Festival Sunday

“Many members but one body - Working together for the glory of God” 

Well, our annual festival is here once again, and what a hectic yet joyous time for our Sts. Constantine and Helen family.  Many parishioners have been wonderful stewards of their time and talents in busily preparing for all the visitors who are coming to our church this weekend. What a beautiful sight to see our Church family working together in harmony and peace, all for the glory of God. As so many people offer their time and gifts to the Church, we have to say very clearly that no one person can say they hold the most important job, because the only way we can to do something beautiful for God this weekend is if we all work together – if we all realize that we are all essential members of the same body!  One person is the hand, another the foot, another the eye, another the heart, but all together we make up one body. And that one body is the body of JESUS CHRIST!  

Sometimes we forget to think about this Festival in relation to our Lord Jesus Christ.  Yet we should carefully remind ourselves that all we do this weekend – from the baklava to the souvlaki, from the Greek dancing to the wonderful fellowship – any and every activity we do this weekend, we do out of our love for Jesus Christ and His Church. Even our main purpose for holding an annual festival shouldn’t be to solely make money, or to share our ethnic customs and foods with the general community. Our main purpose needs to be for our Sts. Constantine and Helen community to come together as a loving Orthodox family, offering a witness of Christian love to every person that comes to our festival, and ultimately glorifying God through our baking, dancing, fellowship, and love – through all our actions.

And I pray that each of us will keep this central goal in mind today.  May the hundreds of people who visit our Festival feel authentic Christian love and hospitality. May they see how we work together in unity and love. May they taste a piece of our ethnic heritage, but more importantly may they go away with a better understanding of our religious identity and heritage.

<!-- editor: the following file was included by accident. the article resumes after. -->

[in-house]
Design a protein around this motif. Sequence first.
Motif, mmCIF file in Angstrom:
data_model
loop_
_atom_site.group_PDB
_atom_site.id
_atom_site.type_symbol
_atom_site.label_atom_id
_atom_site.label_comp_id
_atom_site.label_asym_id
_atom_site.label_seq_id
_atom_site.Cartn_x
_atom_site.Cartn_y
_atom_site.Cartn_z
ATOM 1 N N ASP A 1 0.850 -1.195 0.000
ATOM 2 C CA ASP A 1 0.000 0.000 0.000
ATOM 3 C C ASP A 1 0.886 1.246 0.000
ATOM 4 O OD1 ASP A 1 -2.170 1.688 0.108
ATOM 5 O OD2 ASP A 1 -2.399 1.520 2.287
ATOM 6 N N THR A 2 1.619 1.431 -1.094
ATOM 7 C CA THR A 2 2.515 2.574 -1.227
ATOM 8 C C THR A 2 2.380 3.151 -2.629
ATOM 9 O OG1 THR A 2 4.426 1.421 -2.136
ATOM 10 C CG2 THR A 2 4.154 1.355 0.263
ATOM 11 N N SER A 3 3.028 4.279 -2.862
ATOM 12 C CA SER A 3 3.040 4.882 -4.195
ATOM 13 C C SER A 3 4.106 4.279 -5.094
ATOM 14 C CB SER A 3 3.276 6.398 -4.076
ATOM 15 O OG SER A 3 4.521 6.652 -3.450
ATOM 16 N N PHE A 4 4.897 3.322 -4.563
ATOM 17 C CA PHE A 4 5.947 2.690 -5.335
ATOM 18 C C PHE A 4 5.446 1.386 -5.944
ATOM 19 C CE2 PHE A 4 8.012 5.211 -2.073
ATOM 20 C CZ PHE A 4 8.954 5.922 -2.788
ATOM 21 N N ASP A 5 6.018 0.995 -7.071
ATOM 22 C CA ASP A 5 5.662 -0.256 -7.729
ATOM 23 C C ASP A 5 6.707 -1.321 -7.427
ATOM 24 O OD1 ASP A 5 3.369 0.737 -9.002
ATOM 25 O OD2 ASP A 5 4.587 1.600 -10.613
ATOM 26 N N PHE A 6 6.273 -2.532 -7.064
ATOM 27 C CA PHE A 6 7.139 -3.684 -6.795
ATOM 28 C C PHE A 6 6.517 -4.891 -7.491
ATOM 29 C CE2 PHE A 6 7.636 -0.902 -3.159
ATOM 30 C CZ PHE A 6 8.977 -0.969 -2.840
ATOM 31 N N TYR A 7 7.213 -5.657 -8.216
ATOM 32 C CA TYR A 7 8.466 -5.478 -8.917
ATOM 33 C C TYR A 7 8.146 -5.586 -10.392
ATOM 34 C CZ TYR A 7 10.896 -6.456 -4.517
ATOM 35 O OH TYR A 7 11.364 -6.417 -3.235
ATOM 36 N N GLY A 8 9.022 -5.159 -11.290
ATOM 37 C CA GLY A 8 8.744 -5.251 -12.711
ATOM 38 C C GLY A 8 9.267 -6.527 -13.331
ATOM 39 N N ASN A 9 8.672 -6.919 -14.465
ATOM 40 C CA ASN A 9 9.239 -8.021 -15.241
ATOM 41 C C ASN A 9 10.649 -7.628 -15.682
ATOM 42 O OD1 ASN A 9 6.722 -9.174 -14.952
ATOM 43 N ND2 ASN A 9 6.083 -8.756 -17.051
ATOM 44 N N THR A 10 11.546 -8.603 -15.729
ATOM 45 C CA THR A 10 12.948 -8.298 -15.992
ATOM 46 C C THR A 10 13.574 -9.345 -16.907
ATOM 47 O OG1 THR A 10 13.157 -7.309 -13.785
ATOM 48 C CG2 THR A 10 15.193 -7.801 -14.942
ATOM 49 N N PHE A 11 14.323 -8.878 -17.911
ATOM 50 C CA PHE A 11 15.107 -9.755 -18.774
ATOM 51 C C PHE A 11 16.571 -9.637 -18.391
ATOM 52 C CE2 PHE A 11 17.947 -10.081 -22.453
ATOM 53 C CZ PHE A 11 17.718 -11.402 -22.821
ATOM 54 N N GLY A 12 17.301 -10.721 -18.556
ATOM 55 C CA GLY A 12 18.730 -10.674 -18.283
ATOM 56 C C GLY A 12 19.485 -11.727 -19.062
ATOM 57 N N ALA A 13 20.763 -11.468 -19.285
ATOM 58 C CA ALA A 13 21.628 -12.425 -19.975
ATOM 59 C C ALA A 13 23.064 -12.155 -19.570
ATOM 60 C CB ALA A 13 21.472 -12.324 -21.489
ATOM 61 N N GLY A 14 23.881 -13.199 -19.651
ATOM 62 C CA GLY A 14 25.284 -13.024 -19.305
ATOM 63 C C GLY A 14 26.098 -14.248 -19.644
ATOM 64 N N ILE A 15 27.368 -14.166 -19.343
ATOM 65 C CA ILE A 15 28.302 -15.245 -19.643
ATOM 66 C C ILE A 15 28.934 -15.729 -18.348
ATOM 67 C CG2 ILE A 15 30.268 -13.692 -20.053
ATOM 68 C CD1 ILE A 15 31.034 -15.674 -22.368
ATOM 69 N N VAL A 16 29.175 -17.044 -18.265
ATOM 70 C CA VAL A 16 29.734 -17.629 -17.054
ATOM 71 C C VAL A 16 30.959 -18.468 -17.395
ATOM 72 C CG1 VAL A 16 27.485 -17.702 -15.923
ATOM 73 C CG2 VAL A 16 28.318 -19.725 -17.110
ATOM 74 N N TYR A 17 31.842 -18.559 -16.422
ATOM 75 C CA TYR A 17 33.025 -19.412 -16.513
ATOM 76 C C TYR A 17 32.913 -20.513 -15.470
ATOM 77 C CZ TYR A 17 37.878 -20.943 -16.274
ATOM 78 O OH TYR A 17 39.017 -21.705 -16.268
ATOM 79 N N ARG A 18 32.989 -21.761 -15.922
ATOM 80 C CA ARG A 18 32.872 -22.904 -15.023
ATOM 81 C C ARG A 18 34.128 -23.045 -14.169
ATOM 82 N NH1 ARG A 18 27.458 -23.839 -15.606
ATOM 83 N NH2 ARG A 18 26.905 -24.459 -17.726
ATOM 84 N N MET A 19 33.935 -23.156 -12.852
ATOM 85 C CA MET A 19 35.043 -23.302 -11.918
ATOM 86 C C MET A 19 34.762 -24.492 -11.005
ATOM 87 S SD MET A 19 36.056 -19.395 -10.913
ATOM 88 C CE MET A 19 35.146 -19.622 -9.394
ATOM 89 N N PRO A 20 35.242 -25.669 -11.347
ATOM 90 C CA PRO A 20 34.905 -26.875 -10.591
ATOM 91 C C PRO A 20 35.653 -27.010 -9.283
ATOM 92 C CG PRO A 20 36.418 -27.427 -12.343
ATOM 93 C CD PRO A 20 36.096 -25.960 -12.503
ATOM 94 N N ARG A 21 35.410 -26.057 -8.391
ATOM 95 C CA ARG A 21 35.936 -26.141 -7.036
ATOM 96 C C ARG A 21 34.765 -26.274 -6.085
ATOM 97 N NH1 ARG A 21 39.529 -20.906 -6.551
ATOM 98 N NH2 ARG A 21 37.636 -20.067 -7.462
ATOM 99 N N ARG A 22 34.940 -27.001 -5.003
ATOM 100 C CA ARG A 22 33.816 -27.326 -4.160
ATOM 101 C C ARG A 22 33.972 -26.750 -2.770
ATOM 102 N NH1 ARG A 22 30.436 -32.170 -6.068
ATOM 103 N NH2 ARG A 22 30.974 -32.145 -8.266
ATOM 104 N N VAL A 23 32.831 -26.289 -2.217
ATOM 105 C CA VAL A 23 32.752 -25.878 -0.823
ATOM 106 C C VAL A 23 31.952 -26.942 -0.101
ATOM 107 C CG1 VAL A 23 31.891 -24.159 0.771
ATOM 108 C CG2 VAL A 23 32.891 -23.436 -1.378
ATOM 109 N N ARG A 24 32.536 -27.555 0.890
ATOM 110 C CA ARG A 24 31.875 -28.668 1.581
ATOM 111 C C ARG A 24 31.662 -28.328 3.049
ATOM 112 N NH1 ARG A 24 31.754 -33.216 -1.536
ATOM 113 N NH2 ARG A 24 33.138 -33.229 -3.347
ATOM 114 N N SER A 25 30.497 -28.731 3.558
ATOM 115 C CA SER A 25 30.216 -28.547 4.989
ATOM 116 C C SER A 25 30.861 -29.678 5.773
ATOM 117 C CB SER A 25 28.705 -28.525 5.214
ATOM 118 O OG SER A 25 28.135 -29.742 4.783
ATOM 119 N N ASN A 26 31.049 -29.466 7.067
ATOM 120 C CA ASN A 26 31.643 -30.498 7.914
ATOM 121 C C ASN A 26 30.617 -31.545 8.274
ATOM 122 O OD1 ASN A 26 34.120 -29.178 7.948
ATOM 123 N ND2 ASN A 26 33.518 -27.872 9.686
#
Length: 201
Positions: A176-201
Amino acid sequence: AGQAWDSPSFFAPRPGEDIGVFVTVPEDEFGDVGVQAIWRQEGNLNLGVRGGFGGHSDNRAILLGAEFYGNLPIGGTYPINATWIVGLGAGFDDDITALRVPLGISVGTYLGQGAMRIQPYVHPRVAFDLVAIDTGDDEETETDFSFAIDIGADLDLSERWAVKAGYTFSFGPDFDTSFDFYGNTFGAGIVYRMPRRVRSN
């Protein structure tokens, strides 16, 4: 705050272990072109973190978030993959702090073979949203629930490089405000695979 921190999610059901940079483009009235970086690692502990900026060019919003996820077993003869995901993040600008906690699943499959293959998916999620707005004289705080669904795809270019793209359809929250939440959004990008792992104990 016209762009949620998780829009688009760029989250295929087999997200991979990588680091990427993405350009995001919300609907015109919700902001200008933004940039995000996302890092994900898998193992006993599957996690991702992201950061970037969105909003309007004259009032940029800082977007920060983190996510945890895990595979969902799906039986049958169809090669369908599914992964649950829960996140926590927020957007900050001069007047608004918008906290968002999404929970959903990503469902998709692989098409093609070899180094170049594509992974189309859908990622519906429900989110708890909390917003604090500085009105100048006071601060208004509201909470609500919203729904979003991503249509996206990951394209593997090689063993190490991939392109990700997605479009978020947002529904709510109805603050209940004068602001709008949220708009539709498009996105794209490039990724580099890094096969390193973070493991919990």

As we serve our guests today in whatever capacity, let us consciously try to bring the love of Christ to each person in a special and concrete way - through a smile, with a touch, by a word of greeting, encouragement and thanks, and most importantly, with a contagious joy and love that proclaims the sovereignty of God in our lives. 

Mother Teresa once advised her missionaries “to never let anyone come to us without feeling better and happier when they leave.  Be the living expression of God’s kindness.  Proclaim Christ by the way we talk, by the way we walk, by the way we laugh, the way we work, by our life - so that everyone will know that we belong to Him.” 

Our Church Festival offers such an opportunity for this type of Christian witnessing.  Remember, we are all ambassadors of Christ no matter what we’re doing.  If we’re taking out the trash, let us do it with a smile.  If we’re cleaning pots and pans, let us encourage each other and share in joyous Christian fellowship. If we’re cooking the gyros or distributing the pastries; if we’re talking with our guests and serving them, let them know that we love them because of the love Jesus Christ has for us.

This is what it means to be an Orthodox Christian and to live a Christ-centered life.  When we don’t separate our lives into the religious and profane, but learn to relate everything that we do to Christ, no matter how menial or simple, and when we learn to seek out every opportunity to share the love of Christ with others, then we may realize that we are on the path of salvation.  The Bible says, “Let all that you do, be done in love.”  Love is our motivating factor, and love is the message we want to get across to all the visitors who come to the Festival.

Such divine love is the message we heard about in the Gospel reading for today. “For God so loved the world that he gave his only Son, that whoever believes in him should not perish but have eternal life. For God sent the Son into the world, not to condemn the world, but that the world might be saved through him.” Almighty God loves each one of us, and if we accept His love and fill our lives with His divine love, we can then share this divine love with everyone we encounter – everyone at the festival and in our every day life that we meet.

So let us leave the liturgy today having worshipped our almighty God, having tasted of his eternal gifts, and having been filled with his ineffable presence, and let us go out now, continuing to live the liturgy among all the people who will visit our Festival today, sharing the joy, love and peace of Jesus Christ and glorifying His Name through our actions and lives.

God be with us all!  Amen!!

Monthly Bulletin
Monthly Message
June 30, 2017 -
“There are two Ways, one of Life and one of Death, and there is a great difference between the two Ways.”

 

Recent Sermons
July 17, 2017 -
This idea of God’s superheroes, the saints, are what I want to focus on today. I’m going to use, however, the beautiful new 10-foot icon we just hung on the wall of our Church

 

July 09, 2017 -
Over the past decades the medical world has helped us understand addictions as an illness or disease that must be treated, rather than a moral failure that must be judged. Just as one wouldn’t condemn a person with diabetes, or cancer, or some other physical illness, the medical field has studied and researched substance use disorder, concluding that addictions affect and even change the brain chemistry and body make-up of an individual, and thus, need to be understood and treated in a holistic way.

 

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